Dr Rogers hair transplant complaints No. 1
Lately, there seems to be a fight going on, between those who oppose hair transplant technicians performing the extraction of FUE grafts and those who don’t. Let’s examine the pros and cons of each side, hopefully in a neutral and logical way.
Those who are against FUE hair transplant technicians, suggest that those technicians are inferior to a qualified doctor at performing the task. Many of the same people also suggest that using the FUE robot is acceptable however.
But this seems to be a flawed argument. There is no evidence to suggest that a medical qualification enables you to have better hand/eye coordination than someone not medical. And if so, then the robot must also be banned, since it isn’t qualified either.
Hair transplant goals
The goal is 100% perfectly intact grafts first and foremost. Because they’ll grow.
A second priority is having a very low transection rate i.e. damaging very few hairs that are left in the donor area, so that the remaining donor hair can still be used in the future.
Neither of these requirements depend on a medical degree but needs great skill and technique.
Lastly, over extraction must be avoided (see complaints made about many Turkish “Hair Mills” – later in the Dr Rogers complaints series). But even this can be taught and fundamentally, is down to the overseeing doctor to prevent this from happening. Indeed, if a doctor is happy to see this happening on their patient, he/she would be equally happy to cause it themselves if they are holding the punch. So blaming the technician is like shooting the messenger.
The additional theory is that using an FUE technician “allows” a doctor who is not educated and competent in hair transplantation, to perform hair transplant surgery. The so called “weekend hair transplanter.” But an intelligent, experienced and skilful FUE tech might help make the result better than if the unskilled doctor blunders about doing it themselves, unassisted. Modern hair transplantation is, after all, very much teamwork now.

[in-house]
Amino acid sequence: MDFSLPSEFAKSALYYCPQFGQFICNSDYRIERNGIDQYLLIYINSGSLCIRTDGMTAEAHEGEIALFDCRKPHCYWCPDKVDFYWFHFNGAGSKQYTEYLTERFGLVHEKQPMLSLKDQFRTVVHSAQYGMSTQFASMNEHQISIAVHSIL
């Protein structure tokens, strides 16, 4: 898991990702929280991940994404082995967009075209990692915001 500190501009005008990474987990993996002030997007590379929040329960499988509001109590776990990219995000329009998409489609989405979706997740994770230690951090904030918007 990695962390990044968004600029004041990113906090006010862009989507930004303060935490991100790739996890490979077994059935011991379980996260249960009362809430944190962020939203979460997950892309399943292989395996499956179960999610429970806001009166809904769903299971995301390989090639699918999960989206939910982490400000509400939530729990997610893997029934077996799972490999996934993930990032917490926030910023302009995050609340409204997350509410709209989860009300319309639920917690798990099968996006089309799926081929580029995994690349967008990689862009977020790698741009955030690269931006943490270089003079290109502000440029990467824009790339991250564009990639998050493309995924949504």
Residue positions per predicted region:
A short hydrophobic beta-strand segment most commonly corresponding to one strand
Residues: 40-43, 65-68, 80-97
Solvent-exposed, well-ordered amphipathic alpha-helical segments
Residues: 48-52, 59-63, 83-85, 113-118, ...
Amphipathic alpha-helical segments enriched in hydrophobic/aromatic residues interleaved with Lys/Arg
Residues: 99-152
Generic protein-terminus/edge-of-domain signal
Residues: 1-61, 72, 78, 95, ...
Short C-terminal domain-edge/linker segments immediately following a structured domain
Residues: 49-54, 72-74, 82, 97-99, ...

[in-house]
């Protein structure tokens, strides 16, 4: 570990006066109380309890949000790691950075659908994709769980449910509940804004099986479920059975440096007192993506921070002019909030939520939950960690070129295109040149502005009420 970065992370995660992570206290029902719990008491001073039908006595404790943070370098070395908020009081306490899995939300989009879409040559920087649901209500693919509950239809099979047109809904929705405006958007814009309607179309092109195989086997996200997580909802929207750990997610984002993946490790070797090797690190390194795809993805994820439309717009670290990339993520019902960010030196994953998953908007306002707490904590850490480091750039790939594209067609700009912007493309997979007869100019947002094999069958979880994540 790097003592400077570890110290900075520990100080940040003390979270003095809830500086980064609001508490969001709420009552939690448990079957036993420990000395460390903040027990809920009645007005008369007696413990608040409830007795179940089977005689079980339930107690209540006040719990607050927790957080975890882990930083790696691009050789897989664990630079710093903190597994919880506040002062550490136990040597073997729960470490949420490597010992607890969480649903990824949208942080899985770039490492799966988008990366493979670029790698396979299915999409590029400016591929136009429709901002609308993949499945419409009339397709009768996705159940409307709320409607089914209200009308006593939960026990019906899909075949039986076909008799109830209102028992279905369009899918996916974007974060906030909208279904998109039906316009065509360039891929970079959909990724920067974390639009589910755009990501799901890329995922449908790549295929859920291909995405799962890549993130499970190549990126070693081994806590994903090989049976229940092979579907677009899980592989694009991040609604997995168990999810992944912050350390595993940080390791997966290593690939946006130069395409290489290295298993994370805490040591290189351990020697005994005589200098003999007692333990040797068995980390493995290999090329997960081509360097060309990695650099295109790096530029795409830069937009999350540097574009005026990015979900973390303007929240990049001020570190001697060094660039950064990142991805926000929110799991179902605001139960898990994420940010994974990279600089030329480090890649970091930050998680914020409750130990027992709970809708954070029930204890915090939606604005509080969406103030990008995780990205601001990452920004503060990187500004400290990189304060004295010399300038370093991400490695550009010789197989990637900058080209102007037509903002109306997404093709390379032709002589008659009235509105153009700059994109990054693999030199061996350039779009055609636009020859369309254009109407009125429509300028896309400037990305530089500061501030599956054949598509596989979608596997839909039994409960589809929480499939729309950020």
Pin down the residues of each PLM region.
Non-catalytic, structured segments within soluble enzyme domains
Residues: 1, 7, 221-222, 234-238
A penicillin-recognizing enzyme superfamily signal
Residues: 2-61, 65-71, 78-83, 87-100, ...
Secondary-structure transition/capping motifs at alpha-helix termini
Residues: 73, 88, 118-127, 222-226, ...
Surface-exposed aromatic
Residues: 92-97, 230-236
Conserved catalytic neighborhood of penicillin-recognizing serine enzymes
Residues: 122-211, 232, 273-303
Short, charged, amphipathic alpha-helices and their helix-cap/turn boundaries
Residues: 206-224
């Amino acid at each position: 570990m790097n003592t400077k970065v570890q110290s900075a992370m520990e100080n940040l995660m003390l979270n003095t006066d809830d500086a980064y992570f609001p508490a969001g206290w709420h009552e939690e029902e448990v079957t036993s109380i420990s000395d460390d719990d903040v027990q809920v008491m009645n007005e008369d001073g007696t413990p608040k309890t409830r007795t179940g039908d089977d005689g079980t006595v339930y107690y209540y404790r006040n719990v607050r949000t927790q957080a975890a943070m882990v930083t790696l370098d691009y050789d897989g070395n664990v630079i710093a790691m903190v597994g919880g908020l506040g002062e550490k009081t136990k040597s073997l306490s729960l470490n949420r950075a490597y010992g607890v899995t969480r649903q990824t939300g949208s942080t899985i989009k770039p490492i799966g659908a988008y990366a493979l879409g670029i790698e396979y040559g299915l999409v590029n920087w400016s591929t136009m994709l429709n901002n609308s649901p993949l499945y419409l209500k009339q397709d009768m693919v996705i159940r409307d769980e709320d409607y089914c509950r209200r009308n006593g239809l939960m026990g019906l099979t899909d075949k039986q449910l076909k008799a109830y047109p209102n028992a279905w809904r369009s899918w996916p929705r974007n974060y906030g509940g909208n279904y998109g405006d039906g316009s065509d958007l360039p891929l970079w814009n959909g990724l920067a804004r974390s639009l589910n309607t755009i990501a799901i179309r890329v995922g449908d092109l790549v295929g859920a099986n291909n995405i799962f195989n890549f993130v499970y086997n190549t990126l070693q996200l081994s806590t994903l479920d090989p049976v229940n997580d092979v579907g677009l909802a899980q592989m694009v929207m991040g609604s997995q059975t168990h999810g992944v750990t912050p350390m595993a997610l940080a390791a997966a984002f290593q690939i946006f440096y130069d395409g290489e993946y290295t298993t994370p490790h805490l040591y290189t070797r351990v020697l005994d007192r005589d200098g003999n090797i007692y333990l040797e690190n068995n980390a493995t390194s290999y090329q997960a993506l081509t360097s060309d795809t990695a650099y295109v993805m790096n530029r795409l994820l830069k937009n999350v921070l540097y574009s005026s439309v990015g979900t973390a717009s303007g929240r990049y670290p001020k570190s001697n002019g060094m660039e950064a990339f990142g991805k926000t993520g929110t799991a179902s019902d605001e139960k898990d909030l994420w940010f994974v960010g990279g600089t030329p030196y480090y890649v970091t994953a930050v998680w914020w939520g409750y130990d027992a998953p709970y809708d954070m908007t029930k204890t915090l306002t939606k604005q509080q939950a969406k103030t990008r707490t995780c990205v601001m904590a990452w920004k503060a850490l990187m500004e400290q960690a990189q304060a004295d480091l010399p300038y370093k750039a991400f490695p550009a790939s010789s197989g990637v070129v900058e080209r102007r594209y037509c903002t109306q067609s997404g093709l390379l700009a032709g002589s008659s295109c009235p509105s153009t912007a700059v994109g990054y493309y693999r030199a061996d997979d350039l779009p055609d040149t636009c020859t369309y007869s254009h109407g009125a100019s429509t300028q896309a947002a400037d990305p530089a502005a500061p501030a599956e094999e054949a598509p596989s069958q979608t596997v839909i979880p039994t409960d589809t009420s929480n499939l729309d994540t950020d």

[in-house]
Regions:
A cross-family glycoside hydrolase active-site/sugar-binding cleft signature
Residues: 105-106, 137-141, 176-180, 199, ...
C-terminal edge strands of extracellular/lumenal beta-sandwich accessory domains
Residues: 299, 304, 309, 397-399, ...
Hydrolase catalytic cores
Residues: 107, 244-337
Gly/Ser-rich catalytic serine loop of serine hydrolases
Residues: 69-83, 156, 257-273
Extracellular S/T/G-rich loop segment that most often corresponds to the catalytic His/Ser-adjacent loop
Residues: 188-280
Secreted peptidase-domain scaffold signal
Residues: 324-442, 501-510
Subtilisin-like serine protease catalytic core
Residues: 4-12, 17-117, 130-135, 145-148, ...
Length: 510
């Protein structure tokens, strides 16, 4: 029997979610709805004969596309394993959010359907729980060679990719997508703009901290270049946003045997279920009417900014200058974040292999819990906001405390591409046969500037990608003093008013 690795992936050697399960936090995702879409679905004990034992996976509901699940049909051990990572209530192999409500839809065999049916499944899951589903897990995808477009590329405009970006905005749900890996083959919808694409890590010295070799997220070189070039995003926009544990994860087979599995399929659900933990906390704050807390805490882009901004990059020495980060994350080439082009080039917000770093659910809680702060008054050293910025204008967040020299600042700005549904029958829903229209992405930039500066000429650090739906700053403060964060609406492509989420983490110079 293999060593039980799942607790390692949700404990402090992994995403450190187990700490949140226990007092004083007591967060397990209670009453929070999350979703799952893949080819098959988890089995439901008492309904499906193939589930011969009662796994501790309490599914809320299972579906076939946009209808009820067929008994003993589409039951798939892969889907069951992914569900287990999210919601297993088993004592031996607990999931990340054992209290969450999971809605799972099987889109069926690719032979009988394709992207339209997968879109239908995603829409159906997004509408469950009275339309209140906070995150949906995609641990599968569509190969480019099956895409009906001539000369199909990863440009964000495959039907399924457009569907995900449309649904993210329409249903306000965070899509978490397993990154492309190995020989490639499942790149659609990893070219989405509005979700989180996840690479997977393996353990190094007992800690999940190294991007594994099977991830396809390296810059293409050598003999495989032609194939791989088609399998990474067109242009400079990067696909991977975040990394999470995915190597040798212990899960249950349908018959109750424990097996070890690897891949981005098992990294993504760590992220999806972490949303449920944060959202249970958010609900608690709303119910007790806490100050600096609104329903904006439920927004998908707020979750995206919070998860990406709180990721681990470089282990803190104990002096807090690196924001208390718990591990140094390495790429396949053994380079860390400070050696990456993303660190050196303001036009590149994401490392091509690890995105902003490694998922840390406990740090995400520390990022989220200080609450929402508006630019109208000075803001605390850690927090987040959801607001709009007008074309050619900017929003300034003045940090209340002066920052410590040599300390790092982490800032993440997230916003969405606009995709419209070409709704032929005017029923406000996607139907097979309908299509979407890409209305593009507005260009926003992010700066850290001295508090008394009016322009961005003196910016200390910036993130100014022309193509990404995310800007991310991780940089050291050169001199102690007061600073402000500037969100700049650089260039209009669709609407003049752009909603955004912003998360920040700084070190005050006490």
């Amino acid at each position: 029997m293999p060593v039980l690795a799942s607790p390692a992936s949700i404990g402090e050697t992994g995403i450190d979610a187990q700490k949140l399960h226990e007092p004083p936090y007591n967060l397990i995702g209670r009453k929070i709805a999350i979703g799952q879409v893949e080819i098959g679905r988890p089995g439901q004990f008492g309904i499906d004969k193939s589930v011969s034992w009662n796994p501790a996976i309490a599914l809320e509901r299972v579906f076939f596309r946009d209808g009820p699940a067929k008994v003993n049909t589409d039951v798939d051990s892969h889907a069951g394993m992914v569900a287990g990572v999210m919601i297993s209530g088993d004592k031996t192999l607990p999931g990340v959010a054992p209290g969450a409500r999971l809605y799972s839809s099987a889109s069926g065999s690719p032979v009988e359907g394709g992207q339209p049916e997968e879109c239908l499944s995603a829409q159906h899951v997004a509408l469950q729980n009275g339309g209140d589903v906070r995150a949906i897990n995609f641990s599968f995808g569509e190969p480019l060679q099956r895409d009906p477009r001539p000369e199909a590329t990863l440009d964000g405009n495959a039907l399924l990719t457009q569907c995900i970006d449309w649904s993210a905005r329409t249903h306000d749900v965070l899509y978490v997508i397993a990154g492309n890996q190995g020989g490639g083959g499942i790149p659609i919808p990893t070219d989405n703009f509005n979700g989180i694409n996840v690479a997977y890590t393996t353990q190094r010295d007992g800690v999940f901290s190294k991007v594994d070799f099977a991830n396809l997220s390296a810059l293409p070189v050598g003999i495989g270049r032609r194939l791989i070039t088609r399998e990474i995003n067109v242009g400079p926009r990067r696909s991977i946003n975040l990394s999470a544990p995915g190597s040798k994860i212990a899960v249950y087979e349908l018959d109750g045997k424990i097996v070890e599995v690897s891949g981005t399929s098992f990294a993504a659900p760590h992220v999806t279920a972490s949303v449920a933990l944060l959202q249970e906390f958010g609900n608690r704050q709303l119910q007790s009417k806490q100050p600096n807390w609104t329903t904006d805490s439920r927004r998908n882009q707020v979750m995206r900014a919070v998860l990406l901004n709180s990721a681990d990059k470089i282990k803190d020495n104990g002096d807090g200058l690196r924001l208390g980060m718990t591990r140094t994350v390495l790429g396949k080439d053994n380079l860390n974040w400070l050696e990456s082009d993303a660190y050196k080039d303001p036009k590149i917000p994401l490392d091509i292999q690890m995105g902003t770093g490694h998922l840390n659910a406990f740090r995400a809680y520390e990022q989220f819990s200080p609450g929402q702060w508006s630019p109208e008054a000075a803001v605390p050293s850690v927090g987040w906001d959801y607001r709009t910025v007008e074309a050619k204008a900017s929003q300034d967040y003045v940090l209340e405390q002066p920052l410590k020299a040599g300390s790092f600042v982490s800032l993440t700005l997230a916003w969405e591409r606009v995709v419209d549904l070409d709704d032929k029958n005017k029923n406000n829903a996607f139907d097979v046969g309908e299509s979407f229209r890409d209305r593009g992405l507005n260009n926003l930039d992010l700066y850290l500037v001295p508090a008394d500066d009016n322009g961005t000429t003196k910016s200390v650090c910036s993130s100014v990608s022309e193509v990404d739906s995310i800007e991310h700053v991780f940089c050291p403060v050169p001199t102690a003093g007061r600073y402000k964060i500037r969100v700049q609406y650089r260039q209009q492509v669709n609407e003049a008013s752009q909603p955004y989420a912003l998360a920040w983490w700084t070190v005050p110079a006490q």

The robot currently is not as good as a competent human at FUE, medically qualified or not. It doesn’t pass the three tests above but undoubtedly, the technology will improve and will become better than a human. As of now though, it isn’t and yet it still encourages those doctors with little experience or interest in hair transplantation, to add it to “their practice.”
So the logic of those against human FUE technicians but for the FUE robot seems perverse, yet this seems to be the position of the ISHRS even though many members don’t practice what they preach.
Using a competent FUE tech is no different from using an improved FUE robot – a tool to be used by the experienced hair transplant doctor to successfully transplant FUE hair grafts.
These opinions are based on discussions with doctors, hair techs and lay people. Undoubtedly, there are other viewpoints but what matters is a successful hair transplant.